End Of Summer Zombie Bugs

You know those bug noises, the ones that start in mid to late August and herald the end of summer?

I know I’ve heard them before, many times. But now… now when I hear those raucous bug serenades, it sounds like The Walking Dead are coming.

Music – We can’t all be a Mars rover

August 17, 2012 10:00 am
Good Morning Curiosity – Wake up With the Same Songs as a Mars Rover

Hopefully, Curiosity will never wake up on the wrong side of Mars, then we’d have trouble finding her.

There’s a long history of waking up astronauts with songs. Last year, NASA archivist Colin Fries listed every song played to astronauts in the space program he could find.

Turns out, Curiosity gets wakeup songs too. The Curiosity team answered questions on Reddit recently, and one user asked: “Does Curiosity get wake-up songs every morning like the other Mars rovers got? If so, what have some of the songs been so far?” Answer: “Yup! She tends to be less cranky with a good wakeup song.”

So far, the songs have been as follows.

Sol 2: “Good Morning Good Morning” Beatles, Sgt. Peppers Lonely Hearts Club

Sol 3: “Good morning, good morning” from Singing in the Rain.

Sol 5: Wagner “The ride of the valkyries” R10 Victory Song: Theme from Mission Impossible

Sol 6: “Got the Time” by Anthrax, and “Echelon” by 30 Seconds to Mars

Sol 7: The Doors – “Break on Through”, and George Harrison – “Got My Mind Set on You”

Sol 8: Theme from Star Wars by John Williams

Sol 9: “Wake Up Little Susie” by Simon and Garfunkel

Sol 10: Frank Sinatra “Come Fly with Me”

The “Sol” markers there indicate Martian days. Mars Rover Soundtrack, the site that listed the songs played to the Spirit rover that landed on the planet in 2004, explains:

The Mars rover engineering team works on Mars time. A martian day, also called a “sol”, is 40 minutes longer than an Earth day. Each martian morning as the rover wakes up they play a song related to the events of the upcoming sol. Occasionally a second or third song is played during the sol in addition to the wakeup song. This is a tradition from the manned space program. Unfortunately robotic probes are not yet capable of feeling inspiration from music, but Mission Control is.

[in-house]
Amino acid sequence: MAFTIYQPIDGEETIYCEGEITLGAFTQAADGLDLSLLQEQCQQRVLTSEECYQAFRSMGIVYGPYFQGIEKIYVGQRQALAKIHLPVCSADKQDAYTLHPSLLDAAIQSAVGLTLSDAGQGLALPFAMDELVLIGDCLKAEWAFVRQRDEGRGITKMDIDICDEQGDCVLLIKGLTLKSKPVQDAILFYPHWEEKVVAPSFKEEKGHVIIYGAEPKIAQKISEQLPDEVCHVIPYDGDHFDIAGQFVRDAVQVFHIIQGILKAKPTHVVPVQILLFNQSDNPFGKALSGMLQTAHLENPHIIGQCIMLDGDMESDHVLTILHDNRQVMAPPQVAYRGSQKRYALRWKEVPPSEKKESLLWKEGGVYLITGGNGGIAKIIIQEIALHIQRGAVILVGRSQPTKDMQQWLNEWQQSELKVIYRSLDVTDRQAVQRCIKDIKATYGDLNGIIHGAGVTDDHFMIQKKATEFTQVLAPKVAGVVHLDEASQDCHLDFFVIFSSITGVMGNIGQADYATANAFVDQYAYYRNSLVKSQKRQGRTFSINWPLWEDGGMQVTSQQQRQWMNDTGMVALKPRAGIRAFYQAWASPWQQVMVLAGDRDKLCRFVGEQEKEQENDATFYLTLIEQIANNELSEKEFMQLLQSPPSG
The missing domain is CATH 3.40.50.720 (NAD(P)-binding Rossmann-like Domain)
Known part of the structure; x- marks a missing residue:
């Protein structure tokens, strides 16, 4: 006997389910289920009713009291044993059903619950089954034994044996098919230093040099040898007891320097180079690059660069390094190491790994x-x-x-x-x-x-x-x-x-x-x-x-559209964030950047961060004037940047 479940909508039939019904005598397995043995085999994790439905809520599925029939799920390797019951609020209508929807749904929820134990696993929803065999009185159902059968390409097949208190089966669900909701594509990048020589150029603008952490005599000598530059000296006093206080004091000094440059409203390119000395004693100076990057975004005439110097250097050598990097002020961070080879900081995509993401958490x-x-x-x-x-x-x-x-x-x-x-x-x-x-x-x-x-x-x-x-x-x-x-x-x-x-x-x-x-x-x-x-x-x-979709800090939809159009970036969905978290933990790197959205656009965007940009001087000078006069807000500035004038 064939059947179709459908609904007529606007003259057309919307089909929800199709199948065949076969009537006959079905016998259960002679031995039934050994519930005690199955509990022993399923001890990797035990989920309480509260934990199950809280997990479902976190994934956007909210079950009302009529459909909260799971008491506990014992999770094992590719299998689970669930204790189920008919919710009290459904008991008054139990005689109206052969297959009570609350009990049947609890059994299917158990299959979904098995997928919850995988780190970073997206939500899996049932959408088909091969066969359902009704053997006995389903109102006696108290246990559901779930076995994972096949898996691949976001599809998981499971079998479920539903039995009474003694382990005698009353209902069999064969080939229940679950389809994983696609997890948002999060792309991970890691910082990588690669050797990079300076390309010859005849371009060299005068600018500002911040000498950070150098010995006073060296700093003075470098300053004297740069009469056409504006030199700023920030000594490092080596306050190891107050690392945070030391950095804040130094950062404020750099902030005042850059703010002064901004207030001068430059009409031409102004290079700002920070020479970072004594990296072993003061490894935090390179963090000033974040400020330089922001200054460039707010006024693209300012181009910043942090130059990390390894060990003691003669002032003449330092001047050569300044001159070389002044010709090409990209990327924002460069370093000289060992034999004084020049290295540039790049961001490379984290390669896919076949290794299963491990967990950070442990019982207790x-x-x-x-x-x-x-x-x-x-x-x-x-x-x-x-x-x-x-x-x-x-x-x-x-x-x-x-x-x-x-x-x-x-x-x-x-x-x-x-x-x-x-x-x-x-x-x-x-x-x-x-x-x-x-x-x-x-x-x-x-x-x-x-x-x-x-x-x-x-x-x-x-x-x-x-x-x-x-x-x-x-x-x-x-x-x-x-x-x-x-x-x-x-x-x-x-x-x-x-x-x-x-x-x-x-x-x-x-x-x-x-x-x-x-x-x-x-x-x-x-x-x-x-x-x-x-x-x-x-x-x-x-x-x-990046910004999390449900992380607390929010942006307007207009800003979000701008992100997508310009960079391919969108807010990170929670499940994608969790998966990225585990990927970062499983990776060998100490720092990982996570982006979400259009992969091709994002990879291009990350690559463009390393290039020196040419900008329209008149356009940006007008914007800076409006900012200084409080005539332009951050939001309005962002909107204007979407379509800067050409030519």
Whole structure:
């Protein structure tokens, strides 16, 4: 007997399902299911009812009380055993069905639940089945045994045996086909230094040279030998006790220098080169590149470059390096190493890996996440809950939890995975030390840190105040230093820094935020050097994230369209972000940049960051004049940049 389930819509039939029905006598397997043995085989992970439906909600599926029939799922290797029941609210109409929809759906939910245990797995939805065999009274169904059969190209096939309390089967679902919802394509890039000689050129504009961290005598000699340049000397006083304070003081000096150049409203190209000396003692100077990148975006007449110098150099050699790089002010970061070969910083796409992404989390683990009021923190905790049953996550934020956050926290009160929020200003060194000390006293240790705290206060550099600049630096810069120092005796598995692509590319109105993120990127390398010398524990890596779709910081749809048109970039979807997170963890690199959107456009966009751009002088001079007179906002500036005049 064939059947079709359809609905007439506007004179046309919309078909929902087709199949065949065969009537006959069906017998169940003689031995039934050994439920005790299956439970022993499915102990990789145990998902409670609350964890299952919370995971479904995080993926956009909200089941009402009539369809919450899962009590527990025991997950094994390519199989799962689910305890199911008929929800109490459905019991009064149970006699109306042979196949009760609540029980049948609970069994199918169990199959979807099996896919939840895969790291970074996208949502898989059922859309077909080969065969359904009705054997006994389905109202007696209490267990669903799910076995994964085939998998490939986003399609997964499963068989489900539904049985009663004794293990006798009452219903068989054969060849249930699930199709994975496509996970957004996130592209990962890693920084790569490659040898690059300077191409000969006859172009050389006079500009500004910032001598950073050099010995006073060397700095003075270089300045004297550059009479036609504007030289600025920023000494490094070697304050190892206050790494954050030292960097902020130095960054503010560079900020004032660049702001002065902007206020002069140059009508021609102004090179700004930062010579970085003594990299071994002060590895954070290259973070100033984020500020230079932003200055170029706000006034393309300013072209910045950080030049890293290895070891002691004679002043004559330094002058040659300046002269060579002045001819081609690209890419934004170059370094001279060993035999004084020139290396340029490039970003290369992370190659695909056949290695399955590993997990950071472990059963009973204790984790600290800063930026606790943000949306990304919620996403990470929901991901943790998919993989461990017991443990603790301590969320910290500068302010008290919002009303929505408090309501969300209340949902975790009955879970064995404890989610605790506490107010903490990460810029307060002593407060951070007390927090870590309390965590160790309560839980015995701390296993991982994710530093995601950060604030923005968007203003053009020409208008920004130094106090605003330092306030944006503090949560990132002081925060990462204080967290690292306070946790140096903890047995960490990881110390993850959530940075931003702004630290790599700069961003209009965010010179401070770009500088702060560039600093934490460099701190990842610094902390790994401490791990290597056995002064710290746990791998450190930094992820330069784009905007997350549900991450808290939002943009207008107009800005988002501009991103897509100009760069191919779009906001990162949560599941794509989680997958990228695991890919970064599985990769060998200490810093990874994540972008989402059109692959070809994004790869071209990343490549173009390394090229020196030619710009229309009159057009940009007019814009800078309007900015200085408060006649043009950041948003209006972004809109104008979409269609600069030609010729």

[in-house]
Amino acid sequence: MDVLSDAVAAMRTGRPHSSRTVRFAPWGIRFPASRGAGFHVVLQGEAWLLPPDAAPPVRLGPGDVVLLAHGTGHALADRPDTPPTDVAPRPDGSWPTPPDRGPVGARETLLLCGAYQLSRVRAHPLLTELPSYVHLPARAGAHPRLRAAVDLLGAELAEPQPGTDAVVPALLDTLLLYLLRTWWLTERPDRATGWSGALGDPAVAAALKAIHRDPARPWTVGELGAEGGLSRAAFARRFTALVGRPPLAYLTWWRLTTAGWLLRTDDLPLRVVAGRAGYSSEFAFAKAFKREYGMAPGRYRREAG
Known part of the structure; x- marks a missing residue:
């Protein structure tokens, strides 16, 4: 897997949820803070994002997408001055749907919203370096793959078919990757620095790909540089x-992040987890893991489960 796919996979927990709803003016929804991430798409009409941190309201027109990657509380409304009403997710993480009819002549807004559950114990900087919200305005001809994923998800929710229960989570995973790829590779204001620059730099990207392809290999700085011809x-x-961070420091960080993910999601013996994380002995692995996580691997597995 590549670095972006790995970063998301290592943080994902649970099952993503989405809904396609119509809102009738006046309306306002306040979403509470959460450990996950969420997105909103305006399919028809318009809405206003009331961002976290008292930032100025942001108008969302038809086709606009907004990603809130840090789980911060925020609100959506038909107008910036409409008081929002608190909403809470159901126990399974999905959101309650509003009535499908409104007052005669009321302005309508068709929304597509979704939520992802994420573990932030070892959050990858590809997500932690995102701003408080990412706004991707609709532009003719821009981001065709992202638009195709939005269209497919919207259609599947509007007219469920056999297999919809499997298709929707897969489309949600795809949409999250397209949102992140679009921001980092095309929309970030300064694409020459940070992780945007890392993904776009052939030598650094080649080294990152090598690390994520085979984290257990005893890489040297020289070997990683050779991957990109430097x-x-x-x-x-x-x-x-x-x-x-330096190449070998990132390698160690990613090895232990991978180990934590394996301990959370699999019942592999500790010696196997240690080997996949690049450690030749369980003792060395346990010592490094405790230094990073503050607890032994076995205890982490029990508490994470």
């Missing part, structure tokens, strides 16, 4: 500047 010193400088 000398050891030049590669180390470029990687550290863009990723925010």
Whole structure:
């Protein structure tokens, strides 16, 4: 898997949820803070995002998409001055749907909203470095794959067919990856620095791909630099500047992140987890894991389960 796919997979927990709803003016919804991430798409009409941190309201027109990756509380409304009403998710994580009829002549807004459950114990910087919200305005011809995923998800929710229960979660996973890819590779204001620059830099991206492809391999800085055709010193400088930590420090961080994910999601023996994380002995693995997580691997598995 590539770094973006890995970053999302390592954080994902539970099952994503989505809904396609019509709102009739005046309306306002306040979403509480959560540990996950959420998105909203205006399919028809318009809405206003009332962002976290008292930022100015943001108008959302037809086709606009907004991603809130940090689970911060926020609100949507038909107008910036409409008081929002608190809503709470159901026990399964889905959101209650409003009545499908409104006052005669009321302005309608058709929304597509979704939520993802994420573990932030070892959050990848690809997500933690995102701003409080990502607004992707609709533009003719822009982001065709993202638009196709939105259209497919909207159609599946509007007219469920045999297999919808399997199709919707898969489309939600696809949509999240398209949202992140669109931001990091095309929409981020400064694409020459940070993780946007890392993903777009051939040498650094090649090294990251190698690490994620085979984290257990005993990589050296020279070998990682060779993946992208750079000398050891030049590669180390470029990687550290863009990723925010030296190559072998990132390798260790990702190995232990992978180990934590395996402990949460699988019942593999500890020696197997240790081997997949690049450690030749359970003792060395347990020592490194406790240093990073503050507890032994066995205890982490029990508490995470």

Right, so Curiosity doesn’t have ears. And the engineers didn’t rig her with speakers to play our tunes to the aliens she meets. So the songs really ring through mission control.  Continue reading

Perseid Meteor Shower This Weekend

It’s not the Leonids, but it’s way warmer. ~ theartofvikki

Perseid Meteor Shower 2012: Annual ‘Shooting Star’ Show To Hit Night Sky This Weekend
Posted: 08/10/2012 1:39 pm Updated: 08/10/2012 1:58 pm

NASA astronaut Ron Garan took this photograph during the Perseid meteor shower on Aug. 13, 2011 from the International Space Station.

This is the weekend of the peak of the annual Perseid meteor shower and most meteor forecasts predict the annual “shooting star” display will be at its best during the overnight hours of late Saturday (Aug. 11) into the early Sunday.

The Perseid meteor shower occurs each year in late July and early August when the Earth passes through the dusty remains of the comet Swift-Tuttle. In the night sky, the meteor shower appears to radiate out of the constellation Perseus, hence, its name: Perseid meteor shower. Continue reading

Mars Rover Curiosity

Yup, I set my alarm to wake up at 1 am this morning to catch it. Did you?

Mars Rover Curiosity Meets The Face On Mars